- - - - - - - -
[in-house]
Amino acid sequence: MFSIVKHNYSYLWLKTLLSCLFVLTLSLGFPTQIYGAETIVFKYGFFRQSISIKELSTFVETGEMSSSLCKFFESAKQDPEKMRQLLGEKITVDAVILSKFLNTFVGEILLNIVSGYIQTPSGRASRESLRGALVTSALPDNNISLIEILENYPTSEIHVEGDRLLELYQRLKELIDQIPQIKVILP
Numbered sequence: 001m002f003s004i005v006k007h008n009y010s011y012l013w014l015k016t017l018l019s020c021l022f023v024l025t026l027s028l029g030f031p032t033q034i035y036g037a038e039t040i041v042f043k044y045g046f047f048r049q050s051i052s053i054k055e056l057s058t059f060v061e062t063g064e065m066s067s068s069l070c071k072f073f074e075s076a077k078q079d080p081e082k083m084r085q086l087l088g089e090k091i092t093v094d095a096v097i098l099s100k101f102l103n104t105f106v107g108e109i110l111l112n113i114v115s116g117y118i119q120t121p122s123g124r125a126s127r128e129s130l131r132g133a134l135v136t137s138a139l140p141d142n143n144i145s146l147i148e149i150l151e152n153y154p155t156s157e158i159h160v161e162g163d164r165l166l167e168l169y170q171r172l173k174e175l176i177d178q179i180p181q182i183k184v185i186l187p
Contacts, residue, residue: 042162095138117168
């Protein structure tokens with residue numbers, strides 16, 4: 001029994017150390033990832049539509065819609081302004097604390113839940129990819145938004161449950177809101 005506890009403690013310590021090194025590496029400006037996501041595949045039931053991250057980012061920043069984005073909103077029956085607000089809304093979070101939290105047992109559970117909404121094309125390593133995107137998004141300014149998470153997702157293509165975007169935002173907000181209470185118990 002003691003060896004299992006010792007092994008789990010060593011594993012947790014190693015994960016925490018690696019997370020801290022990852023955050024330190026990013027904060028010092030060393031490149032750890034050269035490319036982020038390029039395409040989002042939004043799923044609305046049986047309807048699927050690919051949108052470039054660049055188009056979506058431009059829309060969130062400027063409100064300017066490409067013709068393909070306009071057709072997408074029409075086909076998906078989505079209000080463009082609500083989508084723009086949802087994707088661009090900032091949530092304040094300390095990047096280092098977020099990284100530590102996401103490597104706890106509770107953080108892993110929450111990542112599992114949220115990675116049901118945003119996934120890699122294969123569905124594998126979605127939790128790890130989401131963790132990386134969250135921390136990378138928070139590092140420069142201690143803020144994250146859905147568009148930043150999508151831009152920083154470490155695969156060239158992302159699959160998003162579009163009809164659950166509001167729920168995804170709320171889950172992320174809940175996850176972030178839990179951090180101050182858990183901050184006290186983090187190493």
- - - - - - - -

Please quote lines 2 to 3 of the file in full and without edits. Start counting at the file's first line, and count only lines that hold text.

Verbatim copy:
Amino acid sequence: MFSIVKHNYSYLWLKTLLSCLFVLTLSLGFPTQIYGAETIVFKYGFFRQSISIKELSTFVETGEMSSSLCKFFESAKQDPEKMRQLLGEKITVDAVILSKFLNTFVGEILLNIVSGYIQTPSGRASRESLRGALVTSALPDNNISLIEILENYPTSEIHVEGDRLLELYQRLKELIDQIPQIKVILP
Numbered sequence: 001m002f003s004i005v006k007h008n009y010s011y012l013w014l015k016t017l018l019s020c021l022f023v024l025t026l027s028l029g030f031p032t033q034i035y036g037a038e039t040i041v042f043k044y045g046f047f048r049q050s051i052s053i054k055e056l057s058t059f060v061e062t063g064e065m066s067s068s069l070c071k072f073f074e075s076a077k078q079d080p081e082k083m084r085q086l087l088g089e090k091i092t093v094d095a096v097i098l099s100k101f102l103n104t105f106v107g108e109i110l111l112n113i114v115s116g117y118i119q120t121p122s123g124r125a126s127r128e129s130l131r132g133a134l135v136t137s138a139l140p141d142n143n144i145s146l147i148e149i150l151e152n153y154p155t156s157e158i159h160v161e162g163d164r165l166l167e168l169y170q171r172l173k174e175l176i177d178q179i180p181q182i183k184v185i186l187p